‘As BA has made clear, the arrangements were nothing to do with Mr Brown, who had booked his flight and seats well in advance and made no requests for – nor received – any special treatment.

‘As BA will confirm, all questions about bookings, overbookings and allocations of seats are not – and could not be – a matter for Mr Brown but for British Airways.’

But run the story they did, on the front page, as if it were based on something more substantial than the opinion of an anonymous passenger. I wonder if Brown’s office will register a complaint with the PCC, or whether they might just get the lawyers in? It seems to me that the Mail on Sunday thought they were onto a winner, had it totally destroyed by the BA statement but decided to run with it anyway under a completely dishonest headline.

A bad day for the Sun

From Football365’s Mediawatch page:

The World’s Worst Racist

‘BRUCE IN NEW RACE ROW’ positively screams the back page headline from The Sun in two-inch high letters, reporting that Bruce ‘has been caught up in another race storm.’

Oh lord. Really? It seems that Marcos Angeleri, the Argentine defender signed by Sunderland in the summer, is not happy that he has made only two Premier League appearances this season.

“The boss doesn’t talk to me, he doesn’t even say hello to me when he sees me,” Angeleri told ESPN Radio. “I think he doesn’t like me because I’m not English.”

Let’s ignore for a second the difference between racism and xenophobia, and the wonderful irony of The Sun getting all worked up about such xenophobia, and muse on Angeleri’s accusations.

If Bruce’s team selection is based on xenophobia/racism, then he’s bloody rubbish at it, since just this season he has given starts to an Egyptian, two Paraguayans, two Scots, a Belgian, three Ghanaians, a Frenchman, an Irishman, a Beninian (is that right?), a Nigerian and a Dutchman.

Could your lack of action perhaps be because you’re not very good, Marcos?

As for The Sun, their claim of an EXCLUSIVE! for this story, taken from quotes given to a radio station, is the least of our worries. How about their attempt to paint Bruce as a serial racist, the other example being Gerard Houllier’s equally nonsensical accusation over the Darren Bent transfer?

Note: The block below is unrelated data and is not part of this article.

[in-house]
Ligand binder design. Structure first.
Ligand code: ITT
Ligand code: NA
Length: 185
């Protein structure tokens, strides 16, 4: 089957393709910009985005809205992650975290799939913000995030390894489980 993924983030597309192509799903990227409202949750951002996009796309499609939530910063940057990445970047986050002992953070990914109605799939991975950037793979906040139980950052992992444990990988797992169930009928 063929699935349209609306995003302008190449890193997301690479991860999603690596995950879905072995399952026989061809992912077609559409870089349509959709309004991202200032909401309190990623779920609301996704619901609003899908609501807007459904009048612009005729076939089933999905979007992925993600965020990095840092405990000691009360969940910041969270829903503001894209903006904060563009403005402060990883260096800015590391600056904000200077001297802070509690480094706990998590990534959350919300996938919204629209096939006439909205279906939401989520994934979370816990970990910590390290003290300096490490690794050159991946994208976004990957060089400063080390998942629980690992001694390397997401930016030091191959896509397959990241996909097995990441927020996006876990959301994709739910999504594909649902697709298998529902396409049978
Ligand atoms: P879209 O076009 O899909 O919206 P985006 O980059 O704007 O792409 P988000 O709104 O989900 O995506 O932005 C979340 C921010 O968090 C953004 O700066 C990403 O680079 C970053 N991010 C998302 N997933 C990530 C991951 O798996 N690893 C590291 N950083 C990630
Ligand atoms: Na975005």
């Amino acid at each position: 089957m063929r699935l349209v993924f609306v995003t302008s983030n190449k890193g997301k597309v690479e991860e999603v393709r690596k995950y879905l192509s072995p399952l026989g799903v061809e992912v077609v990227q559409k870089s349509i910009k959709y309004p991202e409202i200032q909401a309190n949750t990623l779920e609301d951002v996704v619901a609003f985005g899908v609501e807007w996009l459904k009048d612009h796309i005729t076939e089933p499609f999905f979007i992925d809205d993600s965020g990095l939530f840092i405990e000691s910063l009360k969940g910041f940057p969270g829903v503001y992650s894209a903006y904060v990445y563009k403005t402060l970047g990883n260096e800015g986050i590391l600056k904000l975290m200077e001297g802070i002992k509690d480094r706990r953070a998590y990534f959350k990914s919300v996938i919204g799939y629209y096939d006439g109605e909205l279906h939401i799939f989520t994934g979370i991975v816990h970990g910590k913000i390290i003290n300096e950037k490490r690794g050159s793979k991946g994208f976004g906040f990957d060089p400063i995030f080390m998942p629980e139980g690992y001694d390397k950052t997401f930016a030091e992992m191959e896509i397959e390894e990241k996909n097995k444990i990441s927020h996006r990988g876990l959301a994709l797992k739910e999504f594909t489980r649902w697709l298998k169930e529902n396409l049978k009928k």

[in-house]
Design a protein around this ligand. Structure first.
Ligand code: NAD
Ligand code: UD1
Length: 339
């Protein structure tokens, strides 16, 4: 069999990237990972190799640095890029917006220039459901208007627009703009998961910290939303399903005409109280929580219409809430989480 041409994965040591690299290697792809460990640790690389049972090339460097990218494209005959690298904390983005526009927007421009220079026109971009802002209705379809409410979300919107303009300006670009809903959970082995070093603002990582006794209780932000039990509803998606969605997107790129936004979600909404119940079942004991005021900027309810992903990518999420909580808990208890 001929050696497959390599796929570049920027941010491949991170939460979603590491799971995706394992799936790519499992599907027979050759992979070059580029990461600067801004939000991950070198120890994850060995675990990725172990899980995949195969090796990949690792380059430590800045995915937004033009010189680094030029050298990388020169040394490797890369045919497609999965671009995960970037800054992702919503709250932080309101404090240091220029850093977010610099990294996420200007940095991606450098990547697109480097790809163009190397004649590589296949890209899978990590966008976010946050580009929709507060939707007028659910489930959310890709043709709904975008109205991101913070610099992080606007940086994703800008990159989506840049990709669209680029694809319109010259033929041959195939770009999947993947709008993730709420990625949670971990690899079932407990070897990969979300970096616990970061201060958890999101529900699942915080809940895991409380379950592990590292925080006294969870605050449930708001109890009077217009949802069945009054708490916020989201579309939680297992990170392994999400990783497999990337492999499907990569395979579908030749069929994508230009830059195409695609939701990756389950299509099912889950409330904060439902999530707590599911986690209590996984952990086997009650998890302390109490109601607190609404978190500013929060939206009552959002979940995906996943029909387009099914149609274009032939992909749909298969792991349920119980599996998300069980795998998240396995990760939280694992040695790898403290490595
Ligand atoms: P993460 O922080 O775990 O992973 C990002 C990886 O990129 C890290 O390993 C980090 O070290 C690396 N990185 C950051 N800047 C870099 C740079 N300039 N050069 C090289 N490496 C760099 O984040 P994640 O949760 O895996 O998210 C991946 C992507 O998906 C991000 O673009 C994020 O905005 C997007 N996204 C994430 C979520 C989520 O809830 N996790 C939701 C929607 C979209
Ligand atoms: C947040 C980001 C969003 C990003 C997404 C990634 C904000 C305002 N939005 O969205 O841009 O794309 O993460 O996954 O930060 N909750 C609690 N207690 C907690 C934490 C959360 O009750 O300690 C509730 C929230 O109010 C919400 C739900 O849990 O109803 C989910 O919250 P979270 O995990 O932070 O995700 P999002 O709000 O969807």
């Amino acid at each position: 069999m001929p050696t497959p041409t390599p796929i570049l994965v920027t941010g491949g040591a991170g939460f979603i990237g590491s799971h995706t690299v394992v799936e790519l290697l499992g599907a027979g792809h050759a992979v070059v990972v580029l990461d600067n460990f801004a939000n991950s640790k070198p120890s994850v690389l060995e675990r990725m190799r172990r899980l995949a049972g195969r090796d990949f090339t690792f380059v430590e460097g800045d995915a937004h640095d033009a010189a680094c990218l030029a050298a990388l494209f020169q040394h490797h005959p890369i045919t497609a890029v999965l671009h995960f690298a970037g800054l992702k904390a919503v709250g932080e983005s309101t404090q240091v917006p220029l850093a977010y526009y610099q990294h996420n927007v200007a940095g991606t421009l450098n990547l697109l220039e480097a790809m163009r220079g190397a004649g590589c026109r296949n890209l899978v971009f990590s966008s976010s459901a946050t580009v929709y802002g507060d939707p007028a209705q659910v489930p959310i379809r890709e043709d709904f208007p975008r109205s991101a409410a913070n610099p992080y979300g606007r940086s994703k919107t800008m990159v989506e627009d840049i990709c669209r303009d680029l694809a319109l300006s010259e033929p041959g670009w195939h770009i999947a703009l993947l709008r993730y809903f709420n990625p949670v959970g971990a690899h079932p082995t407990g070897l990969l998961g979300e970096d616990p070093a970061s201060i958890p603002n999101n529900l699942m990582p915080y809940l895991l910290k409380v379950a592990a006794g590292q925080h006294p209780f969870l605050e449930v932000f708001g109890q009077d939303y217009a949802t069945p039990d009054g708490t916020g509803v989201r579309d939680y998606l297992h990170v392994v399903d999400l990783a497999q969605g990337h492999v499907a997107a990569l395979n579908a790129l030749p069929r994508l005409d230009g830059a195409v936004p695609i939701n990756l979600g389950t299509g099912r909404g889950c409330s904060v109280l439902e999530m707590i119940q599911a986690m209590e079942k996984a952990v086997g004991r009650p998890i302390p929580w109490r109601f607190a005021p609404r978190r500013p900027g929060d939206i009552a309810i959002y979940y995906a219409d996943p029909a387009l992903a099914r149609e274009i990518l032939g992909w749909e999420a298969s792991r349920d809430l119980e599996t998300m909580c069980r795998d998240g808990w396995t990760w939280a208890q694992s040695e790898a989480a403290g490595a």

Still, more fool us for expecting anything better, really.

Amateurs

The Sun also indulges in a round of back-slapping this morning, terribly pleased with themselves for apparently being the ONLY paper to break the news of Gareth Bale’s injury, according to them in training for Wales.

Mediawatch would simply note Gary Speed’s comments in his press conference, in which he insisted that the ‘incompetent amateurs’ that fitness coach/assistant Raymond Verheijen was referring to in his Tweet of Thursday morning were not Spurs, as was claimed, but in fact the hacks from The Sun who reported the story.

Latest PCC resolutions and adjudications

The Press Complaints Commission upheld a complaint against the Scottish Daily Mail under clause 4 (Harassment) of the Editor’s Code of Practice. The newspaper persisted in ‘approaching a man who had repeatedly made clear to the newspaper that he did not wish to comment on a story about his son':

The complainant’s son was a Scottish university student who had attended the demonstrations about tuition fees in London. The newspaper published two articles about his son’s involvement in the protests, including a photograph of him allegedly attempting to take a police officer’s hat. Reporters and photographers representing the newspaper had attended the family home in Scotland four times within 24 hours seeking a comment. On each occasion, the family made clear they did not wish to speak to journalists, and asked them to leave the property. There was one additional approach to the complainant near his home, which led to him contacting the police.

The newspaper’s sole punishment was having to publish the adjudication on page 6 of the Scottish Daily Mail, but:

Following the complaint, the newspaper was willing to write a private letter of regret to the complainant and circulated an internal note making clear that the family would have no comment on future stories.

A complaint was ‘resolved’ by the Scottish Sun:

Councillor Paul Rooney complained to the Press Complaints Commission through Glasgow City Council that an article was misleading when it implied that he was responsible for a Christmas tree being put up by the Council near his home.